Tuesday, March 29, 2011

What is a SCHOOL CIO (Chief Information Officer)

One year ago I was hired as the Chief Information Officer (CIO) and was not entirely sure what that would mean. Sure, I had a job description and there were goals set forth. My school was great about giving me all of the support necessary to make a smooth transition to a place that was rich in technology resources. The idea of a CIO in education has changed greatly since the title was brought over from the corporate world; therefore, that was the part about which I was unsure.

According to wikipedia: “Information technology and its systems have become so important that the CIO has come to be viewed in many organizations as the key contributor in formulating strategic goals for an organization. The CIO manages the implementation of the useful technology to increase information accessibility and integrated systems management. As a comparison, where the CIO adapts systems through the use of existing technologies, chief technology officer develops new technologies to expand corporate technological capabilities. When both positions are present in an organization, the CIO is generally responsible for processes and practices supporting the flow of information, whereas the CTO is generally responsible for technology infrastructure.” Wikipedia CIO Article.

What I am finding in schools is some variation of this. While in the corporate world, many CIOs have backgrounds in business or technology, perhaps my greatest asset was that I had a background as a classroom teacher. Mind you, many of the skills are the same; personnel management, project management, and copious amounts of multitasking among others. However, my personal success is dependent on my understanding of the nuances associated with education. When I look at the areas that fall under the umbrella of a school CIO, there is much more than technology involved. The major areas that are seen over by a school CIO should include Administration, Technology Services, Library Services and Educational Involvement. Each of these areas are not silos, nor are they interconnected islands that stand apart from other areas of the school. Rather, these are areas that intertwine with the very fabric of what makes the school what it is. A CIO needs to manage projects and people and understand technology, but one also must understand information, educational philosophy and pedagogy, must be involved with the school leadership and be seen as a school leader. A school CIO must have a a trusting relationship with the students, the faculty and the administration of their school. One must have vision and the ability to articulate that vision. An important skill is the ability to know and sympathize with the fact that your audience is not always in the same emotional or professional place while maintaining momentum towards progression and growth within the school and in particular the areas that fall under the purview of the CIO. To quote a great movie, “In the simplest words and most convenient definition” a CIO is a leader, a counselor, an educator, a visionary, a librarian, a technologist, and a human being!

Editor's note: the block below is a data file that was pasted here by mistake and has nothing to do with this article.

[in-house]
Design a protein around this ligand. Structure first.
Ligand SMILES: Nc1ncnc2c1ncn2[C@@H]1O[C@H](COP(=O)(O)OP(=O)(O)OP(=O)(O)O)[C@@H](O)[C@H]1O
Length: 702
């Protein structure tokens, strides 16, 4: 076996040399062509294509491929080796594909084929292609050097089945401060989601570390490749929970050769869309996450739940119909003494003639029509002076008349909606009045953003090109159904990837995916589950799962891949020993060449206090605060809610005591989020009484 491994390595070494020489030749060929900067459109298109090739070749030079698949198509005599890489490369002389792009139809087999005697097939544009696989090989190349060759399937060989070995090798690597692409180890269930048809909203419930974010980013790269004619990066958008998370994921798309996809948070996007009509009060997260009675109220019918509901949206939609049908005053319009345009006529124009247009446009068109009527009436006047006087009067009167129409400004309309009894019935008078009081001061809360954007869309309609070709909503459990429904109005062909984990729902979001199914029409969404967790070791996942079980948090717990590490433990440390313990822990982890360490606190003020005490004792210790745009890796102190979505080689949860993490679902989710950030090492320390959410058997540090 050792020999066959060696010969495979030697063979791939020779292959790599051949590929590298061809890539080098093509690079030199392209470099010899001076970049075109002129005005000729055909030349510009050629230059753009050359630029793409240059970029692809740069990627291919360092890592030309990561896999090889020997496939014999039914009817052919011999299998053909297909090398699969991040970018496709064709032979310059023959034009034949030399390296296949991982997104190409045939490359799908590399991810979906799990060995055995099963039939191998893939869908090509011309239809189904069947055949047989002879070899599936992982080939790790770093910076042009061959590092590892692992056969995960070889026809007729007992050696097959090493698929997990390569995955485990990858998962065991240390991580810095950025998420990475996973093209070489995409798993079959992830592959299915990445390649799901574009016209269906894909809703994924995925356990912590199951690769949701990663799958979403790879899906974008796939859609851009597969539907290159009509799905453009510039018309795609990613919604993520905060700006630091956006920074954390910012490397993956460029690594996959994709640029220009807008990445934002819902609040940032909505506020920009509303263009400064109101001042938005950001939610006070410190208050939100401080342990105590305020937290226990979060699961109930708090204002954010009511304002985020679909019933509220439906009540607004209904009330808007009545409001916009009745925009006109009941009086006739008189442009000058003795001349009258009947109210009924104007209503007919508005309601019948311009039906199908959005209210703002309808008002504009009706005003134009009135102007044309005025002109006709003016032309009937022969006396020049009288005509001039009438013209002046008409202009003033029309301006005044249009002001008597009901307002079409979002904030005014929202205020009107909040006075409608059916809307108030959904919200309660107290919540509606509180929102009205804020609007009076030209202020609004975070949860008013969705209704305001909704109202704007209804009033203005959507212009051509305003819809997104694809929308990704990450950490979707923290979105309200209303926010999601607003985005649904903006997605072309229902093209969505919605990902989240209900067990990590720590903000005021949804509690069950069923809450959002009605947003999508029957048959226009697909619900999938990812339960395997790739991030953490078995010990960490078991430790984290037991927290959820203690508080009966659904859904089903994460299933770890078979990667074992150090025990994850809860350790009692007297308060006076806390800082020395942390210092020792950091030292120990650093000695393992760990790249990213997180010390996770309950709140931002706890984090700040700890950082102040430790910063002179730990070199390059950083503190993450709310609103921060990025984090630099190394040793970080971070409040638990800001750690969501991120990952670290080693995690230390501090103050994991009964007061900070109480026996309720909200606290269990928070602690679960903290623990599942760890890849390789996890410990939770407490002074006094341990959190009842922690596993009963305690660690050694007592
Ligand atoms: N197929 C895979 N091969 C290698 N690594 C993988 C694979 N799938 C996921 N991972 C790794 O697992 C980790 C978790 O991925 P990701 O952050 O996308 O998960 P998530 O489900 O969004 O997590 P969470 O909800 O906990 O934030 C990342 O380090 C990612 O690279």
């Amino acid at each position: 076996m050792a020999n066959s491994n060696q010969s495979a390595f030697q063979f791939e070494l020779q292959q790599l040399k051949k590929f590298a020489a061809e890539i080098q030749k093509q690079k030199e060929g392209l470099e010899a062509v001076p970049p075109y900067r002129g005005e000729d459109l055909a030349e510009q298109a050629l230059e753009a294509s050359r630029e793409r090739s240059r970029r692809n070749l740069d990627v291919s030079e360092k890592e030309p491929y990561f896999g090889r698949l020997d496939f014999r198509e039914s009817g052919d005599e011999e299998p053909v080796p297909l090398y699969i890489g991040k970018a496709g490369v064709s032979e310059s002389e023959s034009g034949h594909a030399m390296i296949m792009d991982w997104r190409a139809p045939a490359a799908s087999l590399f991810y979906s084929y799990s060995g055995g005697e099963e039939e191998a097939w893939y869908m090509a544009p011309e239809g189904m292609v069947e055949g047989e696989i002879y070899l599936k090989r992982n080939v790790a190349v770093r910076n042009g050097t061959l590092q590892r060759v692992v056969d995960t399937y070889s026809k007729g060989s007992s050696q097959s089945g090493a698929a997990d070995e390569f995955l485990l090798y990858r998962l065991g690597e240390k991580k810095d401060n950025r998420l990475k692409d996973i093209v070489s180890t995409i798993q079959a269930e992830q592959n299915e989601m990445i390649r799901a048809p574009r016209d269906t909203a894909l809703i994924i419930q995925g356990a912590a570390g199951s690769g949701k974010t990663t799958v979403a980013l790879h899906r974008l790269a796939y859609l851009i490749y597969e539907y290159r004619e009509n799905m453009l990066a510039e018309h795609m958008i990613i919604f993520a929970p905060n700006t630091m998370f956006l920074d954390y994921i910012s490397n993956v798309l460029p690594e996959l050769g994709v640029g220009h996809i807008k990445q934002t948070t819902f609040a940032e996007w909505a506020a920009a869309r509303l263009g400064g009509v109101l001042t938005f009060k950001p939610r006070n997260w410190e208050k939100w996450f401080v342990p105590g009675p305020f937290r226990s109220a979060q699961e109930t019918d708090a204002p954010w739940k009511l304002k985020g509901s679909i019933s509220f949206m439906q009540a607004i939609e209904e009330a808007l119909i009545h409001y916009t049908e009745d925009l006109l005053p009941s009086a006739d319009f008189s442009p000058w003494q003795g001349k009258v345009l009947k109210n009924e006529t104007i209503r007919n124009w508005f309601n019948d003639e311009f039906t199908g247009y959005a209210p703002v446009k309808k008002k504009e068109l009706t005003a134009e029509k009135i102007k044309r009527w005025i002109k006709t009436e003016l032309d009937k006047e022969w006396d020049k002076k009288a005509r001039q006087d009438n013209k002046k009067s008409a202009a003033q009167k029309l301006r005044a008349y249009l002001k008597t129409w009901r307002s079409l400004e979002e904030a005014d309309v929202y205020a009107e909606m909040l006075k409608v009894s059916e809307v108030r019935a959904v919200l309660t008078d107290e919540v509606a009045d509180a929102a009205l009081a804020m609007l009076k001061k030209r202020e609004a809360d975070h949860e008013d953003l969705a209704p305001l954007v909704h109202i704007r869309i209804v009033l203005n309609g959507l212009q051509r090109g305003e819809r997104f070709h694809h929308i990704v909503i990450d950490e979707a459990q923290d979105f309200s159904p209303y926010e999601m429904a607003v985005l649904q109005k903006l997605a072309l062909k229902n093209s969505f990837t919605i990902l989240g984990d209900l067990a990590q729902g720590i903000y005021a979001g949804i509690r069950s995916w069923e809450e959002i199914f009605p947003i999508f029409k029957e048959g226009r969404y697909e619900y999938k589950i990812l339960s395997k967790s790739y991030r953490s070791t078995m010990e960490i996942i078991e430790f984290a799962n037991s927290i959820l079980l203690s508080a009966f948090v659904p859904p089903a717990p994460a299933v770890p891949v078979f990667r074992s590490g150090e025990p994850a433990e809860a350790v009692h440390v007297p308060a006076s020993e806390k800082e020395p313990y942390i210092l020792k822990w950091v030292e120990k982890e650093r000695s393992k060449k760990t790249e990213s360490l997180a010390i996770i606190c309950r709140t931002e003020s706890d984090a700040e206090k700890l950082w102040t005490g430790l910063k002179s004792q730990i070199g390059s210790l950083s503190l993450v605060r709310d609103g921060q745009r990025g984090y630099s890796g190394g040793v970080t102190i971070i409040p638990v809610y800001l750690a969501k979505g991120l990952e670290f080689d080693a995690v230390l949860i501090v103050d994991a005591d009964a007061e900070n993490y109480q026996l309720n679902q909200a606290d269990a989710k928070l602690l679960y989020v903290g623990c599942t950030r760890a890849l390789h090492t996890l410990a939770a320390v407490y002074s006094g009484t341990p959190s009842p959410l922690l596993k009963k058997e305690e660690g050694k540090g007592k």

In my next few blog posts, I will try to examine each of the areas mentioned: Administration, Technology Services, Library Services and Educational Involvement separately, with careful attention to where they overlap and interconnect with other areas of the school and other positions in particular.

Graphic from Emporia Public Library: http://www.skyways.org/library/emporia/services/services.htm

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